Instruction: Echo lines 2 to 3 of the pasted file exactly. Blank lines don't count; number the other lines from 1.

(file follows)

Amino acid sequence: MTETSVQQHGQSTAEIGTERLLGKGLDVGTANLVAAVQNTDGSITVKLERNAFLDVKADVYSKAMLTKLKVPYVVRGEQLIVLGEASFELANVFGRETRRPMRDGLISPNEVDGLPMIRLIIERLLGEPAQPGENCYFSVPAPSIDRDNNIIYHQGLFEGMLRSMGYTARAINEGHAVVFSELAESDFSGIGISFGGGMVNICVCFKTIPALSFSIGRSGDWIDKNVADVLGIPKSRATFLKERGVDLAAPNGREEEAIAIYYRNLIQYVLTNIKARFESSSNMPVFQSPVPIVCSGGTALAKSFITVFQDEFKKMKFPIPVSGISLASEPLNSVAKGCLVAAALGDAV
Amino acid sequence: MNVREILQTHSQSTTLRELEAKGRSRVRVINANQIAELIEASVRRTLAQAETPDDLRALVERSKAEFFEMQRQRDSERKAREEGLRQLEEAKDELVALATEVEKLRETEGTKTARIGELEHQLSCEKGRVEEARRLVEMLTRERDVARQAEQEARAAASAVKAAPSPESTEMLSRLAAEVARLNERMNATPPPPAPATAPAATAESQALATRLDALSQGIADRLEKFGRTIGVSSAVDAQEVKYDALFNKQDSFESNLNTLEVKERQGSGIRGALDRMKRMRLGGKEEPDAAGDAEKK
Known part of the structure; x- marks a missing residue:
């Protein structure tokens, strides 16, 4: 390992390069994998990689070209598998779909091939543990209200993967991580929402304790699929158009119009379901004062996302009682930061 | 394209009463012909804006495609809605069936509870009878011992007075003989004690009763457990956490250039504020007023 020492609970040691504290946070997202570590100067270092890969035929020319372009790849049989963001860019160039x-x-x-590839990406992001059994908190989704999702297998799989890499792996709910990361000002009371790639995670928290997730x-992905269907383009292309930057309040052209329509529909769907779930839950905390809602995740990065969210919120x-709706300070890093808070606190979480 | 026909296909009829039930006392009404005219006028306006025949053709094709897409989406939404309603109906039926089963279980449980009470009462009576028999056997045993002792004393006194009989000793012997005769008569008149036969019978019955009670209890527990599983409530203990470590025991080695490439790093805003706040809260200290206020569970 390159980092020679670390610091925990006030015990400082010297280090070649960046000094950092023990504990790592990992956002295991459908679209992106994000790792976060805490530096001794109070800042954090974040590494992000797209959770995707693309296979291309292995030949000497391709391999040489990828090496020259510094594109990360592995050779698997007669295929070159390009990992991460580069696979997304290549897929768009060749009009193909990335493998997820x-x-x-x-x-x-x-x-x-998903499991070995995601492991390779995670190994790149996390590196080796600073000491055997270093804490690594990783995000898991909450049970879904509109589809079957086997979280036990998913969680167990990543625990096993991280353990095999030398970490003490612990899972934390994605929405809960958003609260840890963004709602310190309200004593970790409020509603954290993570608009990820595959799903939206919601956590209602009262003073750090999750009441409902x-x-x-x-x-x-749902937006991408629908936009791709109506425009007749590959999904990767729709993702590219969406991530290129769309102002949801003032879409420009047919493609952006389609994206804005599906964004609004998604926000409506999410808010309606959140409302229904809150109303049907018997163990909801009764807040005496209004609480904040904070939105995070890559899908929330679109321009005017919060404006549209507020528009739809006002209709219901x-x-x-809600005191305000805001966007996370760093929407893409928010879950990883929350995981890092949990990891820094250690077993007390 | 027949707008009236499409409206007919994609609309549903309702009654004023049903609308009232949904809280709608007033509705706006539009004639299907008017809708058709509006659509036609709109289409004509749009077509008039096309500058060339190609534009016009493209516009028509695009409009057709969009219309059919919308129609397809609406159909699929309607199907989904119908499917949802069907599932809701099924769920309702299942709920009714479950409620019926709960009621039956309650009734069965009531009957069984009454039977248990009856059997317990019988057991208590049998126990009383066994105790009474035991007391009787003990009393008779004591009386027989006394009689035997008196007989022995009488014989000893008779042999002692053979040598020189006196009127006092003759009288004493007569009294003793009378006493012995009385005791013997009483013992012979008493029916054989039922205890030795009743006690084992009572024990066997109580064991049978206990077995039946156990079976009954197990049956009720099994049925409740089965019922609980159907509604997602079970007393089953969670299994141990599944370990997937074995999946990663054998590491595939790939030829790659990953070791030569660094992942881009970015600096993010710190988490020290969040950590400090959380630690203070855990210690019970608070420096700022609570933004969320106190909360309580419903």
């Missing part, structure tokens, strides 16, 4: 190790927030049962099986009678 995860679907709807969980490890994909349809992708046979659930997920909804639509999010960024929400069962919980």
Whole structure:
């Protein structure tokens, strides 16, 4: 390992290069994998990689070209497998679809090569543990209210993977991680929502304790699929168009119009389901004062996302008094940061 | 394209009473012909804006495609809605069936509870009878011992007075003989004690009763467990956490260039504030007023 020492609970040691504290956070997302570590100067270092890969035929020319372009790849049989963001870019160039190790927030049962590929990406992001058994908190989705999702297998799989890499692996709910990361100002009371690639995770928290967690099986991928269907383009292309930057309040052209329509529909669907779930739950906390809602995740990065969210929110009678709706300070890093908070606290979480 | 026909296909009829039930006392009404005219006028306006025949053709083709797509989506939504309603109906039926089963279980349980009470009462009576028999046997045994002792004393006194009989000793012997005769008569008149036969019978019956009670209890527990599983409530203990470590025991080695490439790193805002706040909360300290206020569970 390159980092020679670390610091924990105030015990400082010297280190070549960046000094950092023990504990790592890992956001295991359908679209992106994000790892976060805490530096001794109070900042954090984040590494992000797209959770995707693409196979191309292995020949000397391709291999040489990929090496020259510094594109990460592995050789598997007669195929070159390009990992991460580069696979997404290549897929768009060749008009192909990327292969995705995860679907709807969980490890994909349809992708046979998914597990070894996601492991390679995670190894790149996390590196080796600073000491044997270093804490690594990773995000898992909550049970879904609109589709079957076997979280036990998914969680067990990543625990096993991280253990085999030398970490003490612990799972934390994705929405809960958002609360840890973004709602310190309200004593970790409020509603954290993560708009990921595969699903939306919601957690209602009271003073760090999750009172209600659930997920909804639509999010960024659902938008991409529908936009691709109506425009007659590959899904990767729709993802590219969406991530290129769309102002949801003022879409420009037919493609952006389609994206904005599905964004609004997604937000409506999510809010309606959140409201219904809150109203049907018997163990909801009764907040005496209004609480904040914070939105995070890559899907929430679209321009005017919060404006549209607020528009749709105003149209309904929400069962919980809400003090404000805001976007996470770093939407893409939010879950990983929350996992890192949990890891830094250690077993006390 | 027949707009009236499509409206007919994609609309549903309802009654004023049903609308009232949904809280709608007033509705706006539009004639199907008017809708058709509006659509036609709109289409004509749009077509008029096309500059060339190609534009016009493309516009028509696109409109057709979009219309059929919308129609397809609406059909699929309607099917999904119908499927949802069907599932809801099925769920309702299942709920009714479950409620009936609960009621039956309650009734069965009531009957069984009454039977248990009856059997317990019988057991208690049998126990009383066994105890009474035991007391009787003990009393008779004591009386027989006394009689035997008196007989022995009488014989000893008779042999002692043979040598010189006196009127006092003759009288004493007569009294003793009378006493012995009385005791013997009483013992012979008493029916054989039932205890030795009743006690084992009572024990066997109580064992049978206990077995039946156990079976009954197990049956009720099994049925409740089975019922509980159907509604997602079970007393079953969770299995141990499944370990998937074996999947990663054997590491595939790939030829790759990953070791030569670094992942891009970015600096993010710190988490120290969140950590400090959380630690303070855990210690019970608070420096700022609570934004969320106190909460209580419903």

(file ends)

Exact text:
Amino acid sequence: MNVREILQTHSQSTTLRELEAKGRSRVRVINANQIAELIEASVRRTLAQAETPDDLRALVERSKAEFFEMQRQRDSERKAREEGLRQLEEAKDELVALATEVEKLRETEGTKTARIGELEHQLSCEKGRVEEARRLVEMLTRERDVARQAEQEARAAASAVKAAPSPESTEMLSRLAAEVARLNERMNATPPPPAPATAPAATAESQALATRLDALSQGIADRLEKFGRTIGVSSAVDAQEVKYDALFNKQDSFESNLNTLEVKERQGSGIRGALDRMKRMRLGGKEEPDAAGDAEKK
Known part of the structure; x- marks a missing residue: